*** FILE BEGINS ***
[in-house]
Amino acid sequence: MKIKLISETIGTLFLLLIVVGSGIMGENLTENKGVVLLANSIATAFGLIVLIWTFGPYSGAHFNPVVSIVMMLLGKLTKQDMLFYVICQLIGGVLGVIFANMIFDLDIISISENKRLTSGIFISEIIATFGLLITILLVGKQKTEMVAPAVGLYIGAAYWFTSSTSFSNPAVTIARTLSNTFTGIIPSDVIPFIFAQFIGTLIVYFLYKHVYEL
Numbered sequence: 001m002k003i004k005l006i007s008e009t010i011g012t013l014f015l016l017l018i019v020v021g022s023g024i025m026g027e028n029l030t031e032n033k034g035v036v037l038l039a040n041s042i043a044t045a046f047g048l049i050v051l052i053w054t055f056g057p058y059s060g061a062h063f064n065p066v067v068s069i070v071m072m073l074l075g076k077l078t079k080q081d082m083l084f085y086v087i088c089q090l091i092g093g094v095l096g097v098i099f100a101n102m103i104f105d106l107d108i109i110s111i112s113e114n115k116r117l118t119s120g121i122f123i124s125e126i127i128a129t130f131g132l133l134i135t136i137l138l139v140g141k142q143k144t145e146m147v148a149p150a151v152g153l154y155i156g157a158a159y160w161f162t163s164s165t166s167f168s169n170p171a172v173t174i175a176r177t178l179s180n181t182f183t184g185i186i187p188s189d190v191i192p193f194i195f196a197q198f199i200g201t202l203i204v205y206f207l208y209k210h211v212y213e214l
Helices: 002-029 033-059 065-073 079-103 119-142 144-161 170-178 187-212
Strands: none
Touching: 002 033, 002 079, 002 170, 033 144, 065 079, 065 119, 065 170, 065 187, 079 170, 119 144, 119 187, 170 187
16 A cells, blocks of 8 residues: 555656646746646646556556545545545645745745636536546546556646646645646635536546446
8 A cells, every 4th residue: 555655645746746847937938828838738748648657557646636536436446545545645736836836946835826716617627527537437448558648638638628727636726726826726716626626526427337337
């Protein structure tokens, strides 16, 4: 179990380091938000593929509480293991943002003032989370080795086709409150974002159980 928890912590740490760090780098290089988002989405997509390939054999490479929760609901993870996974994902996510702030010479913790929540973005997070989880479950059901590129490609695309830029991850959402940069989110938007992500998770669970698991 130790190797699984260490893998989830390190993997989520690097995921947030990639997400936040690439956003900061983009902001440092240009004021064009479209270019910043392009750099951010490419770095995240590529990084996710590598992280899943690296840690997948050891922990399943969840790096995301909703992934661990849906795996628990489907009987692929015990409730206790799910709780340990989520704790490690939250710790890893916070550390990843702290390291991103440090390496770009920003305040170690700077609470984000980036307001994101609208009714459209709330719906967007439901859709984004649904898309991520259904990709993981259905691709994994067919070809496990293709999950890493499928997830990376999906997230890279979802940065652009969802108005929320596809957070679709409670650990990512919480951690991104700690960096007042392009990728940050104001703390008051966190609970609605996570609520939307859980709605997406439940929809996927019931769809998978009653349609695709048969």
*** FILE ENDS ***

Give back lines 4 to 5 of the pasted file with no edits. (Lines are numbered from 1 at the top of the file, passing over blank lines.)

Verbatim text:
Helices: 002-029 033-059 065-073 079-103 119-142 144-161 170-178 187-212
Strands: none